Understanding the Fermi Paradox

I’ve mentioned the Fermi Paradox in several articles over the months, mainly related to book reviews involving contact with alien civilizations.  But I never really felt the need to elaborate on the idea.  Everyone knows what the Fermi Paradox is, right?  I always assumed readers knew about the Fermi Paradox, but that may not be the case.  I relied on readers to scour the Googles to read and educate themselves on the topic.  This video just popped up on the web that does a good job explaining the concept in 6 minutes . . . and it requires almost no reading!  Yay technology!

The universe is a big, Big, BIG, BIG place.  So big, in fact, that even conservative scientific extrapolation (and exoplanet observation) says it should be teaming with life, including intelligent life.  So where is it?  Why do we feel so alone in a universe so vast that out minds can’t even comprehend the size?  Why haven’t we heard any voices coming from the darkness, or any visitors from the void?  Therein resides the paradox.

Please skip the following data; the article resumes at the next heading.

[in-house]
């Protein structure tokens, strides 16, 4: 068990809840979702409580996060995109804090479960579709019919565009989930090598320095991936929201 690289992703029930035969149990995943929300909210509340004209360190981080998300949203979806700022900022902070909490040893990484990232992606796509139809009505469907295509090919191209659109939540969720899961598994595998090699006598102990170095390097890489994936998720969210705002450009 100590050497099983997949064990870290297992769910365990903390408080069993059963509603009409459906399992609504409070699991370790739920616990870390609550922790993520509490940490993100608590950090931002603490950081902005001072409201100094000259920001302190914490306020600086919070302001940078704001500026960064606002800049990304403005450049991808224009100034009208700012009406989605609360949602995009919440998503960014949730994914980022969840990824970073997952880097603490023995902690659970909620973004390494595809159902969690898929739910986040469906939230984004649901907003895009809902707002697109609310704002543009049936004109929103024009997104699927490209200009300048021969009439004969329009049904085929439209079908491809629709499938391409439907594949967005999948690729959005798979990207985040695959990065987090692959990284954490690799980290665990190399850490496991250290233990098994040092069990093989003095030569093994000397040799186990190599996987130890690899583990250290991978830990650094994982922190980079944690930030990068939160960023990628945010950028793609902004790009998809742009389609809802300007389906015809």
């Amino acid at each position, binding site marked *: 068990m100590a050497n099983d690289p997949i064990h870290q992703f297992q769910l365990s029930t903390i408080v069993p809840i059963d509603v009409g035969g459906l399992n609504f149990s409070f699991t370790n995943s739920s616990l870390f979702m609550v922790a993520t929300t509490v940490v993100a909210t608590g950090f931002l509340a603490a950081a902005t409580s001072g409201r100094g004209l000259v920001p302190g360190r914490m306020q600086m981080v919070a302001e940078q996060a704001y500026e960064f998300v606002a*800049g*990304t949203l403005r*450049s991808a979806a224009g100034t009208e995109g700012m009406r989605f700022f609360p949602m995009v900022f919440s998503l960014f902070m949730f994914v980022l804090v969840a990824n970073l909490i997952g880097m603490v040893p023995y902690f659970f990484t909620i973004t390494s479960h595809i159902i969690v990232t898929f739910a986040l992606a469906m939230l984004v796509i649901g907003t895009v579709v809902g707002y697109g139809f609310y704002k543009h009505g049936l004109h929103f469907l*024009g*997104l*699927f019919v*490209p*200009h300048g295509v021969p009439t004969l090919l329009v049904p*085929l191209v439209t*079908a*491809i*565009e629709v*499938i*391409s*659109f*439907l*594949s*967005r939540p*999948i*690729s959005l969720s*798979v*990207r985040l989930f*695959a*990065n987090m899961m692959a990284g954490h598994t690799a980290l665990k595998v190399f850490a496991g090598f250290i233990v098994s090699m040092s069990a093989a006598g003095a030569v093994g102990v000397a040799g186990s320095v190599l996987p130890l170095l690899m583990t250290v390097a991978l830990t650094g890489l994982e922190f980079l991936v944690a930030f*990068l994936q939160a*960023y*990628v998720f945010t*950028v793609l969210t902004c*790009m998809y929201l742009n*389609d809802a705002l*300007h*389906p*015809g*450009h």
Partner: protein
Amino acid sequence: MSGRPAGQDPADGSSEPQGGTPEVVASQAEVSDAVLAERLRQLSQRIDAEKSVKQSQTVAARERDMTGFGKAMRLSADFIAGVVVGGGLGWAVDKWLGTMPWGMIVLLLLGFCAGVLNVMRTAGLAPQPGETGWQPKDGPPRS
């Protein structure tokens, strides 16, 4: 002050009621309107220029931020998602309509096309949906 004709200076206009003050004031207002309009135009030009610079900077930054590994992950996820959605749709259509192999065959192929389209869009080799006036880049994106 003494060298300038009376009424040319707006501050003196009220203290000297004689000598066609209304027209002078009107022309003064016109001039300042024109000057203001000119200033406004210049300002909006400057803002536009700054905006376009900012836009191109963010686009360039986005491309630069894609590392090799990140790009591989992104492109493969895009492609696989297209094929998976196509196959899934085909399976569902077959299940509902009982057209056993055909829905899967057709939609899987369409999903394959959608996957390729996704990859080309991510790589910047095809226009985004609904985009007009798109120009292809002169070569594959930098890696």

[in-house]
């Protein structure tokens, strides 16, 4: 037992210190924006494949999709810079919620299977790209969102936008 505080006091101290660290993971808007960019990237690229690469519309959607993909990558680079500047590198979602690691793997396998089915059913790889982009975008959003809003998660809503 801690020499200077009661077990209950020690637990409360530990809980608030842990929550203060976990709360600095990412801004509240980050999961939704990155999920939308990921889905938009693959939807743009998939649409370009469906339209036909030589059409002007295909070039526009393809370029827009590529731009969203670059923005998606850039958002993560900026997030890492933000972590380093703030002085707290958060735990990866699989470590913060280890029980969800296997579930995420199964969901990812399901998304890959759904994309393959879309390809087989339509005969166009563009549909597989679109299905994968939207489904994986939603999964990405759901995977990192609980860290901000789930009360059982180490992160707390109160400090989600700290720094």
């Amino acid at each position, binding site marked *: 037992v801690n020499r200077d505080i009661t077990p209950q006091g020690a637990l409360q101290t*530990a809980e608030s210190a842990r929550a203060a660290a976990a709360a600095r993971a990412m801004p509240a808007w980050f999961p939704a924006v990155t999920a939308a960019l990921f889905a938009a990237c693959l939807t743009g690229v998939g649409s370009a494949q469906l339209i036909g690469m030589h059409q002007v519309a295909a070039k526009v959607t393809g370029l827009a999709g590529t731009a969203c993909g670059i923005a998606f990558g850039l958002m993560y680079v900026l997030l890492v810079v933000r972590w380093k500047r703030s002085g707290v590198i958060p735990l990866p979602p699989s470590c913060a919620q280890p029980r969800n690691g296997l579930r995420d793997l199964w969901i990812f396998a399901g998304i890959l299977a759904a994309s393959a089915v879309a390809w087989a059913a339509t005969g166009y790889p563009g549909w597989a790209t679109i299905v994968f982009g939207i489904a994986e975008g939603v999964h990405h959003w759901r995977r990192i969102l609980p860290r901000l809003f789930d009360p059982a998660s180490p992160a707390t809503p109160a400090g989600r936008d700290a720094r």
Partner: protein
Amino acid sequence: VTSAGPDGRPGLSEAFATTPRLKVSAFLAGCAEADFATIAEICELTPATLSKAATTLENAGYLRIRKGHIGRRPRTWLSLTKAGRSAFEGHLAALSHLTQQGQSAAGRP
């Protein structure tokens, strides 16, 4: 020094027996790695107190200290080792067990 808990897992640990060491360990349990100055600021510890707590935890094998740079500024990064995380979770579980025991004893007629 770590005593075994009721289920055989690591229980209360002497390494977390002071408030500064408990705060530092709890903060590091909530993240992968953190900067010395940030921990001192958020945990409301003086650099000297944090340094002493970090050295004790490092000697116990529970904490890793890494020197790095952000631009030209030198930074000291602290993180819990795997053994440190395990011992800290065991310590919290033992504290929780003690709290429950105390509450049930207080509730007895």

One thing that I would have like to see in the video is how the Drake equation relates to, and partially explains, the Fermi paradox.

N = R* fp ne fl fi fc f L

where:

N = the number of civilizations in our galaxy with which radio-communication might be possible (i.e. which are on our current past light cone);

and

R* = the average rate of star formation in our galaxy
fp = the fraction of those stars that have planets
ne = the average number of planets that can potentially support life per star that has planets
fl = the fraction of planets that could support life that actually develop life at some point
fi = the fraction of planets with life that actually go on to develop intelligent life (civilizations)
fc = the fraction of civilizations that develop a technology that releases detectable signs of their existence into space
L = the length of time for which such civilizations release detectable signals into space

The author of the video did explain that they would have a part 2 video in the next coming months.  Perhaps they’ll address the shortcoming there.

About Neal Ulen

Neal Ulen
Editor/Webmaster - Neal is a writer and recovering engineer who likes pizza, the insidious power of sarcasm (and pizza), and debating science fiction (and pizza). You can also find his writing on Omni, Geeks, and other media platforms.